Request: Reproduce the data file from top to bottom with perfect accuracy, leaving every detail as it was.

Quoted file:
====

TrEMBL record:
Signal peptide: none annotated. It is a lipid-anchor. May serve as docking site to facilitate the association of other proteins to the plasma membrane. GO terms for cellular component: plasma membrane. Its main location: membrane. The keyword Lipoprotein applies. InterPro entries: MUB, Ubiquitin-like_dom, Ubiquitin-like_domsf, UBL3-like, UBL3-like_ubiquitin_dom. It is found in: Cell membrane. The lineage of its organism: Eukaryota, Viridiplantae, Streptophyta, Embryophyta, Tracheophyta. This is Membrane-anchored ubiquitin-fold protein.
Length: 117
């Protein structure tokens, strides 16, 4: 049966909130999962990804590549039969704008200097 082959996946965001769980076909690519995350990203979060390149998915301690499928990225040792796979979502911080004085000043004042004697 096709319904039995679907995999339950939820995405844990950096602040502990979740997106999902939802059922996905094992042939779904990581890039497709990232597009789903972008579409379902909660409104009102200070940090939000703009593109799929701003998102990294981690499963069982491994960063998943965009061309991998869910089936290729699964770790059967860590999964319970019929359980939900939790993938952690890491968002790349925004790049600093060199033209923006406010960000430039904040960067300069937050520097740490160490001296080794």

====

TrEMBL record:
Signal peptide: none annotated. It is a lipid-anchor. May serve as docking site to facilitate the association of other proteins to the plasma membrane. GO terms for cellular component: plasma membrane. Its main location: membrane. The keyword Lipoprotein applies. InterPro entries: MUB, Ubiquitin-like_dom, Ubiquitin-like_domsf, UBL3-like, UBL3-like_ubiquitin_dom. It is found in: Cell membrane. The lineage of its organism: Eukaryota, Viridiplantae, Streptophyta, Embryophyta, Tracheophyta. This is Membrane-anchored ubiquitin-fold protein.
Length: 117
């Protein structure tokens, strides 16, 4: 049966909130999962990804590549039969704008200097 082959996946965001769980076909690519995350990203979060390149998915301690499928990225040792796979979502911080004085000043004042004697 096709319904039995679907995999339950939820995405844990950096602040502990979740997106999902939802059922996905094992042939779904990581890039497709990232597009789903972008579409379902909660409104009102200070940090939000703009593109799929701003998102990294981690499963069982491994960063998943965009061309991998869910089936290729699964770790059967860590999964319970019929359980939900939790993938952690890491968002790349925004790049600093060199033209923006406010960000430039904040960067300069937050520097740490160490001296080794």